Bonfire of Illusions: The Twin Crises of the Liberal World
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Something dramatic happened in the late summer and autumn of 2008. The post-Cold War world came to an abrupt end. This was the result of two conjoined crises. First, in its brief war with Georgia in August 2008, Russia asserted its military power to halt the expansion of NATO to its very borders. Secondly, on 15 September 2008 the Wall Street investment bank Lehman Brothers collapsed. This precipitated a severe financial crash and helped to push the world economy into the worst slump since the 1930s.
Both crises marked a severe setback for the global power of the United States, which had driven NATO expansion and forced through the liberalization of financial markets. More broadly they challenged the consensus that had reigned since the collapse of the Soviet bloc in 1989 that a US-orchestrated liberal capitalist order could offer the world peace and prosperity. Already badly damaged by the Iraq debacle, this consensus has now suffered potentially fatal blows.
In Bonfire of Illusions Alex Callinicos explores these twin crises. He traces the credit crunch that developed in 2007-8 to a much more protracted crisis of overaccumulation and profitability that has gripped global capitalism since the late 1960s. He also confronts the interaction between economic and geopolitical events, highlighting the new assertiveness of nation-states and analysing the tense, complex relationship of interdependence and conflict that binds together the US and China. Finally, in response to the revelation that the market is not the solution to the world's problems, Callinicos reviews the prospects for alternatives to capitalism.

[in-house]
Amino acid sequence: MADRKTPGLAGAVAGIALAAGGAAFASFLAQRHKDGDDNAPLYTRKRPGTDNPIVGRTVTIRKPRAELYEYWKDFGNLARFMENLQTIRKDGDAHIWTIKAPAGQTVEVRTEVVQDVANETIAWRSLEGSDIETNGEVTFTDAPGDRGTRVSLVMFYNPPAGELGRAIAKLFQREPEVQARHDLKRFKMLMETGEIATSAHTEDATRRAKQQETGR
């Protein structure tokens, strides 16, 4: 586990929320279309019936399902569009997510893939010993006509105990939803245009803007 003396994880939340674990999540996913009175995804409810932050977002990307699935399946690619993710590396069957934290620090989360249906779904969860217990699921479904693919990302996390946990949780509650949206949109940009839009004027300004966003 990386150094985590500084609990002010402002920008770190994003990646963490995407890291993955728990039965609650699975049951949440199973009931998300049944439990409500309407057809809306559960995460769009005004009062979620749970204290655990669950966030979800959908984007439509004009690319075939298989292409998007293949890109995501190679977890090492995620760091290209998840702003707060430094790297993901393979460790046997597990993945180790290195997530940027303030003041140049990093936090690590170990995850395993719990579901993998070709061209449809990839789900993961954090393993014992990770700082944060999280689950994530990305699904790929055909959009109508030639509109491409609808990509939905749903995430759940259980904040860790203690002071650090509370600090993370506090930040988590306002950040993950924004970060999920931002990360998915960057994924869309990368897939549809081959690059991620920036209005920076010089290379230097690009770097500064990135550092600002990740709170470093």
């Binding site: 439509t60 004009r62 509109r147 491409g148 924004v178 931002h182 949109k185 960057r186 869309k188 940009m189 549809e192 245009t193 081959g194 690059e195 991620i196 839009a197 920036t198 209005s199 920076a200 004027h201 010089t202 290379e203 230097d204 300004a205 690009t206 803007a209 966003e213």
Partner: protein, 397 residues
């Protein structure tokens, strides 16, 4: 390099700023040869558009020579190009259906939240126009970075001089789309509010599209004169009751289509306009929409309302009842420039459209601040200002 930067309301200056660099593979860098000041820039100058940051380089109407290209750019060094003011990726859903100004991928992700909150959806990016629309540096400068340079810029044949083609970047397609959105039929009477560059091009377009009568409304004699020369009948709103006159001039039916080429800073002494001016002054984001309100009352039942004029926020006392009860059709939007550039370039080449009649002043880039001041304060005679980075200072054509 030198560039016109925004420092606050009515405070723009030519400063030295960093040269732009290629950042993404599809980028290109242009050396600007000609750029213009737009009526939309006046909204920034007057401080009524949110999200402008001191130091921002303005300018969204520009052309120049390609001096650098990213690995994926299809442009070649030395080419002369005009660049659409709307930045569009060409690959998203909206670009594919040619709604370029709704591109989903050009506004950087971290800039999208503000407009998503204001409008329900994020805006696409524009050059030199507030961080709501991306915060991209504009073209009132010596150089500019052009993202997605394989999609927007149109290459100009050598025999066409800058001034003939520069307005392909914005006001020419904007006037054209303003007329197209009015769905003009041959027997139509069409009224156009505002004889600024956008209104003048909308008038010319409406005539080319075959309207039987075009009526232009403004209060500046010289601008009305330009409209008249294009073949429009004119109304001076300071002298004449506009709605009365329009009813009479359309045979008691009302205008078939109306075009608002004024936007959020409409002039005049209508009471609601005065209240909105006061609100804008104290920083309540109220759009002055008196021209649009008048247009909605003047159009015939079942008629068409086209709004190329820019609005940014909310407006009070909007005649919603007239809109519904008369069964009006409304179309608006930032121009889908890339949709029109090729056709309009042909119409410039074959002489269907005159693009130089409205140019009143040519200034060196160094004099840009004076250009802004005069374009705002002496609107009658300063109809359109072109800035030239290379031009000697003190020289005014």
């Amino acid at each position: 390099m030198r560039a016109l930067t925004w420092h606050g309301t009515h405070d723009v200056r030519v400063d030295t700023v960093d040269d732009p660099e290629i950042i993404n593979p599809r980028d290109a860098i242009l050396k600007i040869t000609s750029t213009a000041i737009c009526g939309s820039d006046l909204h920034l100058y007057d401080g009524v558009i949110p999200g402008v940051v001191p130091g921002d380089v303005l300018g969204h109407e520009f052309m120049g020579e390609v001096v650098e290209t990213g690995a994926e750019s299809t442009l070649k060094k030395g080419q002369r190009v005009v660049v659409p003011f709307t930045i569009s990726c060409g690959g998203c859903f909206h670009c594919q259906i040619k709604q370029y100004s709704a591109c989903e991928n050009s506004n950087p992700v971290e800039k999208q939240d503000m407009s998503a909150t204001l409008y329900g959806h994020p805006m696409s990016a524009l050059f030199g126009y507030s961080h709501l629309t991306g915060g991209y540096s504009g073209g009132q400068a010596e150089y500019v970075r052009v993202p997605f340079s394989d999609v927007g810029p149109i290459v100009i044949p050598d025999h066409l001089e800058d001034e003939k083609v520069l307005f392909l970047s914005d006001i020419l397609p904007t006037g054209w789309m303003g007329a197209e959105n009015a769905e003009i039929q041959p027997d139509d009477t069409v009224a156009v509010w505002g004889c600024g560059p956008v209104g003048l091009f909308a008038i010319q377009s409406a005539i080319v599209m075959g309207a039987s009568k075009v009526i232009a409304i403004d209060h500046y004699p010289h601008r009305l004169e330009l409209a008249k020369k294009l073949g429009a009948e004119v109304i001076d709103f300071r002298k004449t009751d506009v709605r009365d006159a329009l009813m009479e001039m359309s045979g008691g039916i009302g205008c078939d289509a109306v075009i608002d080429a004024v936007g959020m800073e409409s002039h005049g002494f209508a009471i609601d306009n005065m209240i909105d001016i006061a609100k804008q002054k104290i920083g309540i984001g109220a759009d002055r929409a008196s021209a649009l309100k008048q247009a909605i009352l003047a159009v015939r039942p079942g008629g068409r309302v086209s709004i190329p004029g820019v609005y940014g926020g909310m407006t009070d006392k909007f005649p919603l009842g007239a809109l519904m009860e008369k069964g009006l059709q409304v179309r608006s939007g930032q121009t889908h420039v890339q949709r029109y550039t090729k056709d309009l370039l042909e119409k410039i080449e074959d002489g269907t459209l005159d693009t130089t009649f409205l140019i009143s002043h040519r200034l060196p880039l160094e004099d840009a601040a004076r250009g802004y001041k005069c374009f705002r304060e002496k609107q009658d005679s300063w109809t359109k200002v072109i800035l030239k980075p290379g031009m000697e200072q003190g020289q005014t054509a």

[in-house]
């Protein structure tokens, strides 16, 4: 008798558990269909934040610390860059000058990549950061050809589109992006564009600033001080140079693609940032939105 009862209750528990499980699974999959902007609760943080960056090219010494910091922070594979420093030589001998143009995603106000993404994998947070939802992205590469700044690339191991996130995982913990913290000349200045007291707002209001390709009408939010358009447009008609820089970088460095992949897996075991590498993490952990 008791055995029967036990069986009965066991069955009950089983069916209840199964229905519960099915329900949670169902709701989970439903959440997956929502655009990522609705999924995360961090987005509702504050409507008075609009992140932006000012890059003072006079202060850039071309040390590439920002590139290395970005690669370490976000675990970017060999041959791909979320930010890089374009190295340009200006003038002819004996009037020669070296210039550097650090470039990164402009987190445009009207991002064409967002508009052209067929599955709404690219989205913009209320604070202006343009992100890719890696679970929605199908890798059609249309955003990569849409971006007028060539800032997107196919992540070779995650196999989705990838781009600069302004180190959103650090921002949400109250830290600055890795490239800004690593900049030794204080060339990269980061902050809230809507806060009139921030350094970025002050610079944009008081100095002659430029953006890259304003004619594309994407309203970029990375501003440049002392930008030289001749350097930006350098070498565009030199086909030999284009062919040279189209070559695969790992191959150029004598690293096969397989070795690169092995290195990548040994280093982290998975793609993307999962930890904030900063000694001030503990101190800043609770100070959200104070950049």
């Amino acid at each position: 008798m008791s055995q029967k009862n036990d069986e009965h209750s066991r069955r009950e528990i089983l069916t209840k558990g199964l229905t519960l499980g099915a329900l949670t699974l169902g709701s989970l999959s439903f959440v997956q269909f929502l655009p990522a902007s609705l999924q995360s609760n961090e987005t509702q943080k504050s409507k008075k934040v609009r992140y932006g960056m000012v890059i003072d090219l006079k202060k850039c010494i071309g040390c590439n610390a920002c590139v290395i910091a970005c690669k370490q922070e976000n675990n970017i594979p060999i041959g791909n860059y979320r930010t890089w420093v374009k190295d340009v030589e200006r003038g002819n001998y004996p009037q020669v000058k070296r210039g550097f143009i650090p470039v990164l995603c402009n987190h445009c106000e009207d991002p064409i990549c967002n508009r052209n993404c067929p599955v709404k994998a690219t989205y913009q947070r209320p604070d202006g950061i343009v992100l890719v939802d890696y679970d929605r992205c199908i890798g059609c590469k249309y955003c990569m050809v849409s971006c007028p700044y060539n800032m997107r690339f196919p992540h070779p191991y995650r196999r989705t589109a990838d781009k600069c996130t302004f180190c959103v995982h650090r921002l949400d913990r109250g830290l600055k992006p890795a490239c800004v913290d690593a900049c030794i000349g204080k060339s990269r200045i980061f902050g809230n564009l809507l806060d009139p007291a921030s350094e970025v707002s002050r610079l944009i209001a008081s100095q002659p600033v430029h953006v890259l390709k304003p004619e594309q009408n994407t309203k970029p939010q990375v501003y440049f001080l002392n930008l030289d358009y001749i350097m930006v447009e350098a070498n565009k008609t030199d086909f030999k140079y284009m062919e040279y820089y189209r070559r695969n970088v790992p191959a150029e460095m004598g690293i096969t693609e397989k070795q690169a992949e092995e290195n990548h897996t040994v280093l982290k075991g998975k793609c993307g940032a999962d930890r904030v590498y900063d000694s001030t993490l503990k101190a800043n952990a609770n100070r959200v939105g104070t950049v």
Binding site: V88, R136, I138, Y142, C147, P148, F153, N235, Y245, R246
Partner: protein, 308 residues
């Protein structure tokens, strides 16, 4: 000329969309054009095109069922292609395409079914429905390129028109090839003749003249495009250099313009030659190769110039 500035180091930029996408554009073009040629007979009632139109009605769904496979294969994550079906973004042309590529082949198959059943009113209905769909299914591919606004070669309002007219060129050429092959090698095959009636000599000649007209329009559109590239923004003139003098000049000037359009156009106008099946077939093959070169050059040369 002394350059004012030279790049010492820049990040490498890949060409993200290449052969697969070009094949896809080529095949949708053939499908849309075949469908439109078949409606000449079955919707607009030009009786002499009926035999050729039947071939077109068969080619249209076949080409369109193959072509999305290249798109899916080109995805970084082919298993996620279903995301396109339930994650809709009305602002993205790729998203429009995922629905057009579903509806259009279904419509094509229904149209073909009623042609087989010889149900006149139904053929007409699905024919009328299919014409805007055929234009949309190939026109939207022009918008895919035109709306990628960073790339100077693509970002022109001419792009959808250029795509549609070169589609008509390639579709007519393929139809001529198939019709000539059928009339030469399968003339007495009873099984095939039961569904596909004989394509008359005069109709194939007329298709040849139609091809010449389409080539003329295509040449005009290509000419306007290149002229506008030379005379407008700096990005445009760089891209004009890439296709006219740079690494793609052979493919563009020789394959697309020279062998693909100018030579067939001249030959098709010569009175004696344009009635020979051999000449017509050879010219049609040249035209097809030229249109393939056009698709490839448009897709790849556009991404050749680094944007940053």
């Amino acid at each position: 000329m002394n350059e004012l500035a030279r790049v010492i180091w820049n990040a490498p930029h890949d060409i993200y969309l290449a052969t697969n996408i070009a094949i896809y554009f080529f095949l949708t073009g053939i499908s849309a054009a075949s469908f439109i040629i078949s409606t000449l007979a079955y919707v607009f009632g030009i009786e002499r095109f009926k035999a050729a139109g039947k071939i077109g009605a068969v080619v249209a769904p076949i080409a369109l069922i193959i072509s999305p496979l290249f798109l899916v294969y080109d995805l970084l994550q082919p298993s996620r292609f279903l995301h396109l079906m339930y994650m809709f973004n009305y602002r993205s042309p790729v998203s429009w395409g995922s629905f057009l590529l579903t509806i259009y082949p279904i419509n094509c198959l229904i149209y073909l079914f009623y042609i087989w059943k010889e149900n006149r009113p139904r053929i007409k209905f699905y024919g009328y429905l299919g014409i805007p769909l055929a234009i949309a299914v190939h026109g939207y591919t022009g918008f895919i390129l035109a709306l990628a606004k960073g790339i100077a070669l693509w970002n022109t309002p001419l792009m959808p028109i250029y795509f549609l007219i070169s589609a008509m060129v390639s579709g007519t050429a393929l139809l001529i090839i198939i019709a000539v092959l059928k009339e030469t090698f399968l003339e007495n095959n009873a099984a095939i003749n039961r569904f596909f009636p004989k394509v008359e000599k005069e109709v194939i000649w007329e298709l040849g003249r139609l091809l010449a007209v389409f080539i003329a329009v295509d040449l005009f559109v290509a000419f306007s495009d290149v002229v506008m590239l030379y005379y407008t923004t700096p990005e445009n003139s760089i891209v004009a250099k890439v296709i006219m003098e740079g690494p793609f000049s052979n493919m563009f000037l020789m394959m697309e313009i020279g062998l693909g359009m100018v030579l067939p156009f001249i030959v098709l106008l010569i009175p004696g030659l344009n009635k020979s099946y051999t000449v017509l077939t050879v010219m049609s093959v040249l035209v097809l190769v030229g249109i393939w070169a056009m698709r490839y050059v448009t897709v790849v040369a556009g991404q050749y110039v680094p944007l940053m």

neoliberal capitalism, in the US itself. If financial markets weren’t working properly there, after thirty years of deregulation, they never will.34 Let’s take a look then at three alternative perspectives on financial crises, Keynesian, classical–liberal and Marxist. Common to the Keynesian and Marxist approaches is an understanding that money matters. This is fundamentally different from the treatment of money both in the classical political economy of David Ricardo and in neoclassical
condition of corporations and the business outlook more generally. But it has had to place its hopes for stimulating the economy primarily on driving down mortgage rates and pushing up housing prices, so as to pave the way for increased household borrowing and consumer spending (including investment in houses). In their own terms, these hopes have been spectacularly realized.106 House prices in the US rose by 56 per cent in the five years to the peak of the market in the third quarter of
devaluation of capital needed to restore the rate of profit to levels that would launch a wave of sustained accumulation, but it might do so only through a prolonged depression as deep as that of the 1930s. The 1937–8 recession underlines the protracted character of that slump, which was only broken as states launched the rearmament programmes that pitched the world out of the frying pan of depression into the fire of war. Capitalism is thus stuck in a structural dilemma: if the leading states
The ‘adverse leadership’ proved to come from such paladins of the free market as George Bush, Alan Greenspan and Hank Paulson. 35 J. Schumpeter, A History of Economic Analysis (New York, 1954), p. 277. See Itoh and Lapavitas, Political Economy of Money and Banking, ch. 1, on classical approaches. 36 Quoted in H. Minsky, Stabilizing an Unstable Economy (New York, 2008), p. 129. 37 Ibid., pp. 4, 5. 38 J. M. Keynes, letter to H. D. Henderson, 28 May 1936, in The Collected Writings of John
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